Following a personal vision of patience and discipline, Holmes has helped Republic adjust to the recession. During the first two quarters of 2009, earnings remained strong, cash flow was ahead of targets, and profit margins expanded. Republic currently has the highest margin performance among large waste companies. Its EBITDA margins have increased more than 200 percent in the past year.

Todd Laporte
Scottsdale Healthcare
Senior Vice President and Chief Financial Officer

“I have now served health care clients/organizations for over 25 years, and still love the work and the results.”

While some hospitals are retrenching in the midst of a recession, Scottsdale Healthcare (SHC) is investing in its operations and expanding its reach, thanks to the financial leadership of Todd LaPorte. As senior vice president and chief financial officer at SHC, LaPorte is described as a “superstar” at his job.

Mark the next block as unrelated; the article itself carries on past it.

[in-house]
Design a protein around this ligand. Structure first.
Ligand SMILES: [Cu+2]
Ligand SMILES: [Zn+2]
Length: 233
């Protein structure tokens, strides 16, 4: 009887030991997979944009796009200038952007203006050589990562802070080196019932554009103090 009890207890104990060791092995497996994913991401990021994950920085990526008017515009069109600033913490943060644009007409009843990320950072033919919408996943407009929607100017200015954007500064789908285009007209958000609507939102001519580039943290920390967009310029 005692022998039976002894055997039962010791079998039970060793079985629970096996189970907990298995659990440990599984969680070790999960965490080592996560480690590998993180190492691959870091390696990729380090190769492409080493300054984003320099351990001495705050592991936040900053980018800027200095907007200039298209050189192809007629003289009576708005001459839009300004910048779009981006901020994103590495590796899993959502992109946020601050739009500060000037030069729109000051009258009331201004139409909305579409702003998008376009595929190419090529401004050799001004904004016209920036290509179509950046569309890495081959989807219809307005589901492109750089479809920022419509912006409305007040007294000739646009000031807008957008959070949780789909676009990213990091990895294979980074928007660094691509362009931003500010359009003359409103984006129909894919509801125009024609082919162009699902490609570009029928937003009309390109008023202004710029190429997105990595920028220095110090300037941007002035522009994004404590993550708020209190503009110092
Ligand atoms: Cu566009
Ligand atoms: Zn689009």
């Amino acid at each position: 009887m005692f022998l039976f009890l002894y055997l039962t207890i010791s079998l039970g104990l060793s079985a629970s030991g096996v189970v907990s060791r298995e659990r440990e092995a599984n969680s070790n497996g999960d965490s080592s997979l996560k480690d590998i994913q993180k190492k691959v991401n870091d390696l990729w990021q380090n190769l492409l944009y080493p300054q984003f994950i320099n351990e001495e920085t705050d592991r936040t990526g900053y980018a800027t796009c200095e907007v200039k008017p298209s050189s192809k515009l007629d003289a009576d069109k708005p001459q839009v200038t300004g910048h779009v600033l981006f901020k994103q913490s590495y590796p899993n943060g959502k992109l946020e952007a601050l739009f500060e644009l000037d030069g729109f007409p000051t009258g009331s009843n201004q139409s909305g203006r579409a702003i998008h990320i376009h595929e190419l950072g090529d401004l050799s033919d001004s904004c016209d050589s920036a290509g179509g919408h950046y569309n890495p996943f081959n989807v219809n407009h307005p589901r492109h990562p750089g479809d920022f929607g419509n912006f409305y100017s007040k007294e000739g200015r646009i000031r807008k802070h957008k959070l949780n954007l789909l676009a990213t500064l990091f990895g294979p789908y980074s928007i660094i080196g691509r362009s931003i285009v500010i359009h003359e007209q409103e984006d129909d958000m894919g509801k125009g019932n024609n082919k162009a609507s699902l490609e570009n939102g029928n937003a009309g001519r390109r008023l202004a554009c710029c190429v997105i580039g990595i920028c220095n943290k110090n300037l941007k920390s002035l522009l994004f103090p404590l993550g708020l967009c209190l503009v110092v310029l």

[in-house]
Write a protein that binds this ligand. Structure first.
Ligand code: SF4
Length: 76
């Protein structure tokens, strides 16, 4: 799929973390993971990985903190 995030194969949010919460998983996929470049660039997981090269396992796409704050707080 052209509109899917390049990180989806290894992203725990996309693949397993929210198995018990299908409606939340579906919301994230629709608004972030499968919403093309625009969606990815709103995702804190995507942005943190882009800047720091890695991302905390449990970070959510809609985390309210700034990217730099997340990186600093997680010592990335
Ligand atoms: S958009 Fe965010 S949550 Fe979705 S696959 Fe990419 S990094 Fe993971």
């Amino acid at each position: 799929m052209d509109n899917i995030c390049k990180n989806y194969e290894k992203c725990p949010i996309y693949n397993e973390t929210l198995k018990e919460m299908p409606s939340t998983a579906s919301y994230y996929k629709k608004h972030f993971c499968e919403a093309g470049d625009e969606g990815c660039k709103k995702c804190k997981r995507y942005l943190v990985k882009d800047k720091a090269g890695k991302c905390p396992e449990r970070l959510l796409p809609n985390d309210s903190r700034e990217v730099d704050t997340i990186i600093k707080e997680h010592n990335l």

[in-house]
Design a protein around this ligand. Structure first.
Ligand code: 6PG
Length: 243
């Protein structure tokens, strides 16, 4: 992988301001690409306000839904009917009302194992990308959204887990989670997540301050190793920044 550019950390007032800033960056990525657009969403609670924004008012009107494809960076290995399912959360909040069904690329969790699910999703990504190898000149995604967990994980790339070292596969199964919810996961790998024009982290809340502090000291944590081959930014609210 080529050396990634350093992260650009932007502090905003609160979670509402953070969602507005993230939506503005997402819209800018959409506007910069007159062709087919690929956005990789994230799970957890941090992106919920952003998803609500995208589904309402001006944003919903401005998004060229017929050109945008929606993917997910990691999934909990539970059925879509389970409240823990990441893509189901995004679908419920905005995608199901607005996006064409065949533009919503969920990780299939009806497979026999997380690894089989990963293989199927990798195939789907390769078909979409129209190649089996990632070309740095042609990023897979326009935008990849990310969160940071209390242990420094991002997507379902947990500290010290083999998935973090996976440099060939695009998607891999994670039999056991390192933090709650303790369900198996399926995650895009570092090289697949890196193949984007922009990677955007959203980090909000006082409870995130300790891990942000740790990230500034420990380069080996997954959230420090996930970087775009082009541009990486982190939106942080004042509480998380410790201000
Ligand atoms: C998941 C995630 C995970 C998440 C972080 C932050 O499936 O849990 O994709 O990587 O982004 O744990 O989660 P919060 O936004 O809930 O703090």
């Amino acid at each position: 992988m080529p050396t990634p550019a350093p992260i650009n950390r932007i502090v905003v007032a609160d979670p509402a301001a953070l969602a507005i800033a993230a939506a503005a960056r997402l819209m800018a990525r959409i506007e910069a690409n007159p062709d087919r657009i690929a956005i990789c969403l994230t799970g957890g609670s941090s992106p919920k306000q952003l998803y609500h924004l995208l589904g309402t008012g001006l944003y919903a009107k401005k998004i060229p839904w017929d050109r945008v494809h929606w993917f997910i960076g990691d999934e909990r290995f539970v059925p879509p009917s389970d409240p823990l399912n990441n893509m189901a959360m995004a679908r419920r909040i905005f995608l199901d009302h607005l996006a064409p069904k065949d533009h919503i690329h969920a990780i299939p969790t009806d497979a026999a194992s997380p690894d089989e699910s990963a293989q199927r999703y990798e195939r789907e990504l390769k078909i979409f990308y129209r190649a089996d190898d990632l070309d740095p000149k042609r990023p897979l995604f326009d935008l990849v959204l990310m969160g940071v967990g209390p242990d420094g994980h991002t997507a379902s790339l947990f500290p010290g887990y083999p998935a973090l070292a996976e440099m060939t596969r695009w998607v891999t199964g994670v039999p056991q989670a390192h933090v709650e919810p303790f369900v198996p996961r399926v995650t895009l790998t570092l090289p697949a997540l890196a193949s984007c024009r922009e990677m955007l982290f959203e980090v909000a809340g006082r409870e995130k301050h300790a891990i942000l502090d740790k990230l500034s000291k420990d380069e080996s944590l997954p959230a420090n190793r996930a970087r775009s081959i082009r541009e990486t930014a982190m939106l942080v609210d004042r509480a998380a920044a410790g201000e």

In the two-and-a-half years he has been at SHC, LaPorte has improved the balance sheet and operating results to the point that the health care organization has the financial wherewithal to make substantial investments in facilities and technology. In spite of the recession’s headwinds and the prospect of congressional health care reform, SHC is well positioned to grow its patient base beyond its traditional service area.

In spring 2008, SHC faced a critical juncture as the national credit market unraveled. Recognizing the seriousness of the situation, LaPorte refinanced several bonds, saving millions of dollars. His action also led to a dramatic turnaround in the balance sheet and a stronger bond rating for SHC.